This week: Sculpture, Shostakovich & more.

Installation view of “Sculpture 56.” Photo: Amos Eno Gallery


When the World Stopped to Listen: Van Cliburn’s Cold War Triumph and Its Aftermath, by Stuart Isacoff (Knopf): Van Cliburn’s victory at the inaugural Tchaikovsky International Piano Competition in Moscow in 1958 is, at heart, a story of the universal and unifying powers of transcendent artistic achievement. The competition, created with the purpose of exhibiting Soviet cultural superiority to the world during the height of the Cold War, had all the looks of being impaired by political tampering. But Cliburn’s performance threw a wrinkle in what must have been the politburo’s expectation of Russian success. Cliburn, a skinny twenty-three-year-old from Kilgore, Texas, was so electrifying in his playing—and so endearing to the general Russian populace—that the Soviet judges, with direct approval from Nikita Khrushchev, had no choice but to hand him the award. Stuart Isacoff, a pianist, composer, lecturer, and regular contributor to The Wall Street Journal’s Life and Arts section, recounts those thrilling few days and the history that followed. —AS


“Sculpture 56” at 56 Bogart Street, Brooklyn (through May 27): The dozen galleries of 56 Bogart Street, in Bushwick, Brooklyn, have quietly evolved into the single best concentration of art venues in any building in New York. No doubt this is due to the galleries’ proximity to one another—and their separation from everything else. In the late nineteenth century Alfred Marshall described certain places as “having ideas in the air,” where knowledge “spills over” from one person to the other. The central corridor of this one building, packed with serious galleries and the people who create them, has become the Main Street of New York’s alternative art scene. Through Sunday, these gallerists have come together to organize “Sculpture 56,” their first building-wide exhibition, with eleven venues showing various takes on contemporary sculpture. Highlights include a bespoke version of the Jersey barrier in “Noah Loesberg: Remote Barrier Storage,” at Robert Henry Contemporary (the co-director Henry Chung was an architect of this exhibition series) and the many examples of contemporary ceramics at Honey Ramka (where Julia Kunin’s unsettling Green Bismuth Head is my best in show). The two levels of this dense showing both command attention—and hopefully hint at collaborations to come. —JP


Shostakovich and Mendelssohn at the New York Philharmonic (through May 22): Last week, I heard the New York Philharmonic give one of the best performances of Shostakovich’s Fifth Symphony that I’ve heard in some time. This is one of the great symphonic masterpieces of the twentieth century: when Shostakovich was working on the symphony in 1937, he was still living under the shadow of his recent denunciation by Party censors, and the new work was received as his public penance for prior artistic transgressions. The true meaning of the piece has been debated ever since, but a keen listener can hear in the music the frustration, fear, rage, and deep grief of the composer. Semyon Bychkov’s gripping performance with the Philharmonic left little doubt as to how he reads the piece. One performance remains on Tuesday night.—ECS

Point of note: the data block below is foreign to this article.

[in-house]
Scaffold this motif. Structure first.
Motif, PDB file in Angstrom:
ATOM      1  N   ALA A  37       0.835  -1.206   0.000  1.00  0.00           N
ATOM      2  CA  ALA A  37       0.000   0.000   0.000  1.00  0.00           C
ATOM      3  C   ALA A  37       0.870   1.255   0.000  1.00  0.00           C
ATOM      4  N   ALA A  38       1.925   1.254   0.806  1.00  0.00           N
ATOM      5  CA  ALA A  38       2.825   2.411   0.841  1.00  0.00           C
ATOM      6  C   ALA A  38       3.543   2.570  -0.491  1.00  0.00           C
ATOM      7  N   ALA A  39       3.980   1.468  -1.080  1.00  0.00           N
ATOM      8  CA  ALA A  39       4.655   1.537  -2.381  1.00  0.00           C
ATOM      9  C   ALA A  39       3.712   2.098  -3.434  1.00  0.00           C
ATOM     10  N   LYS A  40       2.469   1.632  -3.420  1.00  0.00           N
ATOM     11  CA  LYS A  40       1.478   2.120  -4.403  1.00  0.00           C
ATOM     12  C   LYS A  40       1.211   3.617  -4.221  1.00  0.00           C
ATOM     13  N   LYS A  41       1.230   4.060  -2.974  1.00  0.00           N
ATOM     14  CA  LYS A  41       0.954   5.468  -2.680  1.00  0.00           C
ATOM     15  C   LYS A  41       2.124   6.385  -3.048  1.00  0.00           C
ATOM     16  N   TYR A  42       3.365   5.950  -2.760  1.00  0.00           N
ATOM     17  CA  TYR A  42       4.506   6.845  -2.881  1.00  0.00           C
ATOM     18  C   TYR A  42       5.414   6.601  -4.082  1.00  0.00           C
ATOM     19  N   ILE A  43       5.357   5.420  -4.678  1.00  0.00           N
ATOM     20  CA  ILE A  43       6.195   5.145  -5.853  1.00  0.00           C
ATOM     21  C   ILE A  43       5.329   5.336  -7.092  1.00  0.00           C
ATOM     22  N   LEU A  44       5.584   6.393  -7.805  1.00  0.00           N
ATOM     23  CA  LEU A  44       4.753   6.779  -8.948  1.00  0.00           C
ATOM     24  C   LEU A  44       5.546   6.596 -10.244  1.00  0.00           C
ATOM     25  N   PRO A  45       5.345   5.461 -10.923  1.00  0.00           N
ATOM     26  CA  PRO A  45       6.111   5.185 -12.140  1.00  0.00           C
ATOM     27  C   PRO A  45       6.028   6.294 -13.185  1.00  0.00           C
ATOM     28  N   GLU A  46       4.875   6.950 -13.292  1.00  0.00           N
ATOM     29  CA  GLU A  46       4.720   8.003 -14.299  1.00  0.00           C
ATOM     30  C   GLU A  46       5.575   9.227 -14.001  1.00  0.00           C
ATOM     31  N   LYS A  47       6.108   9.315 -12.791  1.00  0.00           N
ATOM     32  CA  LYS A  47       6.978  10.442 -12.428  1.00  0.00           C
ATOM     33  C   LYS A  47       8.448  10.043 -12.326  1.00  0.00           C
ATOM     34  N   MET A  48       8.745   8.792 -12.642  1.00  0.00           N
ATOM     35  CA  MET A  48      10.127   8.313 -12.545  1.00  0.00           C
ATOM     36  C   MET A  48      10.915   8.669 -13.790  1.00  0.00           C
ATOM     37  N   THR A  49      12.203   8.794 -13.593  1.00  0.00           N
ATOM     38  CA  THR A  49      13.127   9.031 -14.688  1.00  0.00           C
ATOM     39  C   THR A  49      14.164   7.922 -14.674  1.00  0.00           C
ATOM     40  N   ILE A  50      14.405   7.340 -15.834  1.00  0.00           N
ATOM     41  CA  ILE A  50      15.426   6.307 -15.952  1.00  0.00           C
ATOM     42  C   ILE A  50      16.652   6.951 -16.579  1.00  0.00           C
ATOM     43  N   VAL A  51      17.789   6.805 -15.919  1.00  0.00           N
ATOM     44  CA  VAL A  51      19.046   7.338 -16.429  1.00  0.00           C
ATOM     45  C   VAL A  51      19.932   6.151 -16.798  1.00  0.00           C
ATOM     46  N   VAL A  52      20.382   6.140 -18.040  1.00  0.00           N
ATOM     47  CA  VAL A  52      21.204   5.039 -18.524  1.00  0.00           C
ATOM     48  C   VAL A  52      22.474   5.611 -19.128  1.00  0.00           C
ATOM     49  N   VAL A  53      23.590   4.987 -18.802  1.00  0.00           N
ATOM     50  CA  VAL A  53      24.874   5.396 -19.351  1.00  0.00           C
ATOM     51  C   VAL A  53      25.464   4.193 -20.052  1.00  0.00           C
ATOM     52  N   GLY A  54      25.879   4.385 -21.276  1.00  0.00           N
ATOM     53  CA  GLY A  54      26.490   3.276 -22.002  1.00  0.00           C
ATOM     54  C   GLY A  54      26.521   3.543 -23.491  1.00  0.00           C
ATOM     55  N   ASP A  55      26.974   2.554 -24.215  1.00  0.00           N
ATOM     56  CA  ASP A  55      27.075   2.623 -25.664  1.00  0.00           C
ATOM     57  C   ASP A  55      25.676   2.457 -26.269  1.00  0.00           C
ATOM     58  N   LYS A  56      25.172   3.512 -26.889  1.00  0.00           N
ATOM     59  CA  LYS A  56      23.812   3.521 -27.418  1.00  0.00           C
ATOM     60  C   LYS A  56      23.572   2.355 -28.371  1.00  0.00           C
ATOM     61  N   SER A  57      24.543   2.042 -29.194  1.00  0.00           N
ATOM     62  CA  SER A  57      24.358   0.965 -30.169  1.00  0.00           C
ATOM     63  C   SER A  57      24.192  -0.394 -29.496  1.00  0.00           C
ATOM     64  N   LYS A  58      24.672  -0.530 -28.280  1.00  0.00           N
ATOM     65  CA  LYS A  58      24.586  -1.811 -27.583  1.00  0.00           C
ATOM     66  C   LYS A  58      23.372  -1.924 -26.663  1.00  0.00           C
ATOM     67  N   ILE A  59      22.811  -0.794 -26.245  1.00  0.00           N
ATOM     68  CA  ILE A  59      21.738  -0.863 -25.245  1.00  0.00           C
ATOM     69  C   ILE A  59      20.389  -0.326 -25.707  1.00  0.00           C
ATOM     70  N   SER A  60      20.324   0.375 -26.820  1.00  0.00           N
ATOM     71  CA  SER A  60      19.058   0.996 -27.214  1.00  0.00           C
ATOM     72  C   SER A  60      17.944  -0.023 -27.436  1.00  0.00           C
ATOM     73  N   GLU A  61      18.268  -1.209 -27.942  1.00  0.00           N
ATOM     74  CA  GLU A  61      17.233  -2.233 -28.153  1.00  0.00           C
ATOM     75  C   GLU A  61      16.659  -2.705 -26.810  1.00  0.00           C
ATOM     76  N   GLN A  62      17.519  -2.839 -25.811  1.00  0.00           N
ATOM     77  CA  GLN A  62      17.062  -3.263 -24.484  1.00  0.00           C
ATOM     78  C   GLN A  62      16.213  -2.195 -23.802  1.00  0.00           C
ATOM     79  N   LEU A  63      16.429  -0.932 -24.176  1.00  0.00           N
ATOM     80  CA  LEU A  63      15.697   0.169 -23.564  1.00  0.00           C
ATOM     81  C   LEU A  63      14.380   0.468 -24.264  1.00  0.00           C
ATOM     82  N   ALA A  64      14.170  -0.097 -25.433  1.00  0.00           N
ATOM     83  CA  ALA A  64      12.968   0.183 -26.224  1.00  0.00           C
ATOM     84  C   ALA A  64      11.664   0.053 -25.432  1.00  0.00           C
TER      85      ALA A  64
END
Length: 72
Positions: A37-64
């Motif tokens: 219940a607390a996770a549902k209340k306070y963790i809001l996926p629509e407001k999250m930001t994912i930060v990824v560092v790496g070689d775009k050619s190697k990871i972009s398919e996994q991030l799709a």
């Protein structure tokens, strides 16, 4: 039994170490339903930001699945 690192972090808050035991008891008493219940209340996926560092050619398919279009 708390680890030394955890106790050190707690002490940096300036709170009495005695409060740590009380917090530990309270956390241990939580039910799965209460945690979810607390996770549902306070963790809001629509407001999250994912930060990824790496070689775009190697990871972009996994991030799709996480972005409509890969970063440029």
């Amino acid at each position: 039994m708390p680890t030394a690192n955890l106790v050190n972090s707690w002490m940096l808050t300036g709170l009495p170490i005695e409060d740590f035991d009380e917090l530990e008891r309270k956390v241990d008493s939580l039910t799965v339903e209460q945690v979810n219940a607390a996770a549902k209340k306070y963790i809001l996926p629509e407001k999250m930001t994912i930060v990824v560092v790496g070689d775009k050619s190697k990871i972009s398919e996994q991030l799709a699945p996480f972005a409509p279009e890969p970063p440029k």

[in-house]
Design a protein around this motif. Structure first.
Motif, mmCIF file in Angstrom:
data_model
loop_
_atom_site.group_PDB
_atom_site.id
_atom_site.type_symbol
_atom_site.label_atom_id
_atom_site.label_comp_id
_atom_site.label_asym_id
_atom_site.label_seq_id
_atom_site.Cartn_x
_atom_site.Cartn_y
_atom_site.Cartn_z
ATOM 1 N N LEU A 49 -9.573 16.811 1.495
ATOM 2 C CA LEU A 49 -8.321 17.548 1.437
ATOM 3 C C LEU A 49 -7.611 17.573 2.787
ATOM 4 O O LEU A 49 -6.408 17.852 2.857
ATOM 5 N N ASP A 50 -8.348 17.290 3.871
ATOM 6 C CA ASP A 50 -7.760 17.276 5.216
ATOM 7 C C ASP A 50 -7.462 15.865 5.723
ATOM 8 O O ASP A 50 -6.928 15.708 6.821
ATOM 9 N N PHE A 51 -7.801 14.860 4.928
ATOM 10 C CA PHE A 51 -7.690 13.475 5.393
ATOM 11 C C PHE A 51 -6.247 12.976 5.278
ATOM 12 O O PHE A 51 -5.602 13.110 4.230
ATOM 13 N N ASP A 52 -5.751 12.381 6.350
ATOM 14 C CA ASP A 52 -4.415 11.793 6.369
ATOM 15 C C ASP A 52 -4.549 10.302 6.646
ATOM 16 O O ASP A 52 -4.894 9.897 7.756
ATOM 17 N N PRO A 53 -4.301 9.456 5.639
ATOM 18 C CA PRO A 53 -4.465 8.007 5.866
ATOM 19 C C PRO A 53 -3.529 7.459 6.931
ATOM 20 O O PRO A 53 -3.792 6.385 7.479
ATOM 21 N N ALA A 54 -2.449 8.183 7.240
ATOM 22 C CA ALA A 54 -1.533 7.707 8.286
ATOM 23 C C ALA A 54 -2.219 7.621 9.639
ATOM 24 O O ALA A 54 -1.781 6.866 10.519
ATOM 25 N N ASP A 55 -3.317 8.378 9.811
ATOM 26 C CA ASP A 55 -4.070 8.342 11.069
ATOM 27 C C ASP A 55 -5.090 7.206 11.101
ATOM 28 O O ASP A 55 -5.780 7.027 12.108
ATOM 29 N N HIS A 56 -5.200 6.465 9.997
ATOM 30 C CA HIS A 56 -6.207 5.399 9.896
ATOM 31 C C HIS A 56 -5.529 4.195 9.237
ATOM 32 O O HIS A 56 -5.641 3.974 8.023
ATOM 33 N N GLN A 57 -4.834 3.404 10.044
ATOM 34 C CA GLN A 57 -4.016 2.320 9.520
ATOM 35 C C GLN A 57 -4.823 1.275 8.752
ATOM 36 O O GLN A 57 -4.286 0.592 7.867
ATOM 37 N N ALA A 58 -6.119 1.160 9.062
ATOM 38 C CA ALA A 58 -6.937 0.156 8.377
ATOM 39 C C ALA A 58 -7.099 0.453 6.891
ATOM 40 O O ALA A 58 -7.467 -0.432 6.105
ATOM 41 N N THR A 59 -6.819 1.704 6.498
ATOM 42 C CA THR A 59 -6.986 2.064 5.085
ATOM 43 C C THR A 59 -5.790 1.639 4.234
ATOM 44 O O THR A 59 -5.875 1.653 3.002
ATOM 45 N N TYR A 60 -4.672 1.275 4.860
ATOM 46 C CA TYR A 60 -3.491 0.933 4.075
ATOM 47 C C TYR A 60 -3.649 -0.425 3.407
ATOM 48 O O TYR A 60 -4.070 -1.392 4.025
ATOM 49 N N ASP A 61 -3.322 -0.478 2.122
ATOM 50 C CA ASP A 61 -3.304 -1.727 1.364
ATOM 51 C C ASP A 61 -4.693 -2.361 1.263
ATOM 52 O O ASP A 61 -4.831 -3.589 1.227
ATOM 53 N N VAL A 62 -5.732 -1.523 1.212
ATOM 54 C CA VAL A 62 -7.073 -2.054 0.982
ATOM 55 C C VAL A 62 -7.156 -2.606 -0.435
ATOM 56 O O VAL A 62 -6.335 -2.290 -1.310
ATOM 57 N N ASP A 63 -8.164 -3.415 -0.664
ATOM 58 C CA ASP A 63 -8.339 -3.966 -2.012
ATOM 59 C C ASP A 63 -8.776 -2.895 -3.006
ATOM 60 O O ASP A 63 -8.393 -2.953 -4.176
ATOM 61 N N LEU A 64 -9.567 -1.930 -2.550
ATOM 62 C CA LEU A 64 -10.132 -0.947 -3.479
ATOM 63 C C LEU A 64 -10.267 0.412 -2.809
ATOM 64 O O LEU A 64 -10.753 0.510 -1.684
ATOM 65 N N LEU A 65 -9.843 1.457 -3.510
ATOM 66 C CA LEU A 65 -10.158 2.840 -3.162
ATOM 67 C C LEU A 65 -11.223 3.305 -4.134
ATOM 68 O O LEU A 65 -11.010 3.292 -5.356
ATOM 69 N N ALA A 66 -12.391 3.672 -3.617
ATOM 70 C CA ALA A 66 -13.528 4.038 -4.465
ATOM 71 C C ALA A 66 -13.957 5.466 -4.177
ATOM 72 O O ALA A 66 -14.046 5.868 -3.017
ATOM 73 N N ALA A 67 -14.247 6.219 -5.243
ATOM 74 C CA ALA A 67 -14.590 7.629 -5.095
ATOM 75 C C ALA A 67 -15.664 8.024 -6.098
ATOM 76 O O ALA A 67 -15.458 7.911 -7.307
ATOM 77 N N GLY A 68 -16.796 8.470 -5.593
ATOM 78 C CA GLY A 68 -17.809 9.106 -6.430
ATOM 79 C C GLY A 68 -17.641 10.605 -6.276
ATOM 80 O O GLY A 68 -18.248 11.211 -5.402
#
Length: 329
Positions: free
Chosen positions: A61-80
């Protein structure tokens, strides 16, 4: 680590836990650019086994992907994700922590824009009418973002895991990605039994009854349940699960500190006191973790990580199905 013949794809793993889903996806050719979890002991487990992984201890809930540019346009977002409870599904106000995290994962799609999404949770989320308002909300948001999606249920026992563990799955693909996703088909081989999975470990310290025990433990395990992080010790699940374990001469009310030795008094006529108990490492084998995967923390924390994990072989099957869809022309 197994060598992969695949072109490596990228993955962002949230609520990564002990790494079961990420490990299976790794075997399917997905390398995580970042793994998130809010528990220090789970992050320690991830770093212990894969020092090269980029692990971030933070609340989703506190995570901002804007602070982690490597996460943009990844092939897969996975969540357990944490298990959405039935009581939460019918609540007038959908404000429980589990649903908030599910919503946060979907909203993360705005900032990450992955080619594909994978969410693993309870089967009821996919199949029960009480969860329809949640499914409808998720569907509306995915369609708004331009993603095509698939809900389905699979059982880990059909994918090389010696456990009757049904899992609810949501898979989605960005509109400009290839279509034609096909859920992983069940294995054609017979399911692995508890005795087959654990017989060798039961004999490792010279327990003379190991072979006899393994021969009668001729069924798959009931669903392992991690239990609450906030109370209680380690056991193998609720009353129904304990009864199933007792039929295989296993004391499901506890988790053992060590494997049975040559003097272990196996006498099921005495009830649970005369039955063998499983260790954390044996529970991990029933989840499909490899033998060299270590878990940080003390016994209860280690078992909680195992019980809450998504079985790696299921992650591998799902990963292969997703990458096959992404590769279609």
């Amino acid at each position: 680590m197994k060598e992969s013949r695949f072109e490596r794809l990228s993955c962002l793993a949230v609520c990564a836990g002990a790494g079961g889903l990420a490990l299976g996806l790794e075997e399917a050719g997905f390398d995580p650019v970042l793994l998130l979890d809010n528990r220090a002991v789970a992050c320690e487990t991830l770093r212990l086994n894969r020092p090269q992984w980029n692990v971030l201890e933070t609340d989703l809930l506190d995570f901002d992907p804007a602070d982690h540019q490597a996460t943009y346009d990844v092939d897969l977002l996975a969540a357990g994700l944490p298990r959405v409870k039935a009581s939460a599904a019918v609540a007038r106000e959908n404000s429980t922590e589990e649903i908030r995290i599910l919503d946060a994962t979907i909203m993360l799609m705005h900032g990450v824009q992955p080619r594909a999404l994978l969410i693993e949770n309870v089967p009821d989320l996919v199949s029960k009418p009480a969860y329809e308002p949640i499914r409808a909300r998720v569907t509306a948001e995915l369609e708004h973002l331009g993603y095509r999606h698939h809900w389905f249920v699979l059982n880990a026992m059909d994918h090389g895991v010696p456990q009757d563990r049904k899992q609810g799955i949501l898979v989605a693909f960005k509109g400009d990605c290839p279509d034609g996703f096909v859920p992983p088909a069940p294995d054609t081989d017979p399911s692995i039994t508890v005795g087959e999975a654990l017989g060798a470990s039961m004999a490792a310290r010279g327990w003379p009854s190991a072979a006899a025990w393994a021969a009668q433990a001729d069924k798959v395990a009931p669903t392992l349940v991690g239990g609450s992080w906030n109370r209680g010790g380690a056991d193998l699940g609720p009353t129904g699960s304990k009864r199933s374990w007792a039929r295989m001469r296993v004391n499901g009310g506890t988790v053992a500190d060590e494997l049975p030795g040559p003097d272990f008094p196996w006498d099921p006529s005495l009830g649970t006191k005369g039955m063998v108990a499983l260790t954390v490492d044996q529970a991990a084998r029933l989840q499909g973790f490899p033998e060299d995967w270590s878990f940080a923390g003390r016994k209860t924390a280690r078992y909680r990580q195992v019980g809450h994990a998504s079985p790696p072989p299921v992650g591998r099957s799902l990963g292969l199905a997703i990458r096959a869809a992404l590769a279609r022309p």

Letter from seven-year-old Victoria, the future Queen of Great Britain, to her uncle the Duke of York, 16 August 1826. Collection of Pedro Corrêa do Lago.

“Handwriting Is Not Dead: A Conversation with Collector Pedro Corrêa do Lago” at the Morgan Library (May 31): With a quiet week on the culture front ahead of Memorial Day Weekend, our thoughts turn to next week, when the prospect of an air-conditioned room will surely be a thrilling one. The Morgan will provide just that, and more, in hosting a conversation with Pedro Corrêa do Lago, a collector of handwritten artifacts—letters, documents, manuscripts, and more. The collection will be on display at the Morgan from June 1 through September 16, but those attending the talk will get a chance to see the objects a day early. —BR

From the archive:“At the point of extinction,” by Paul Dean (December 1999). Concerning secondary education in England.

From the current issue:“Writing from the gutter,” by Adam I. W. Schwartzman. A review of The Largesse of the Sea Maiden: Stories by Denis Johnson.

Broadcast:Roger Kimball introduces the May issue of The New Criterion.

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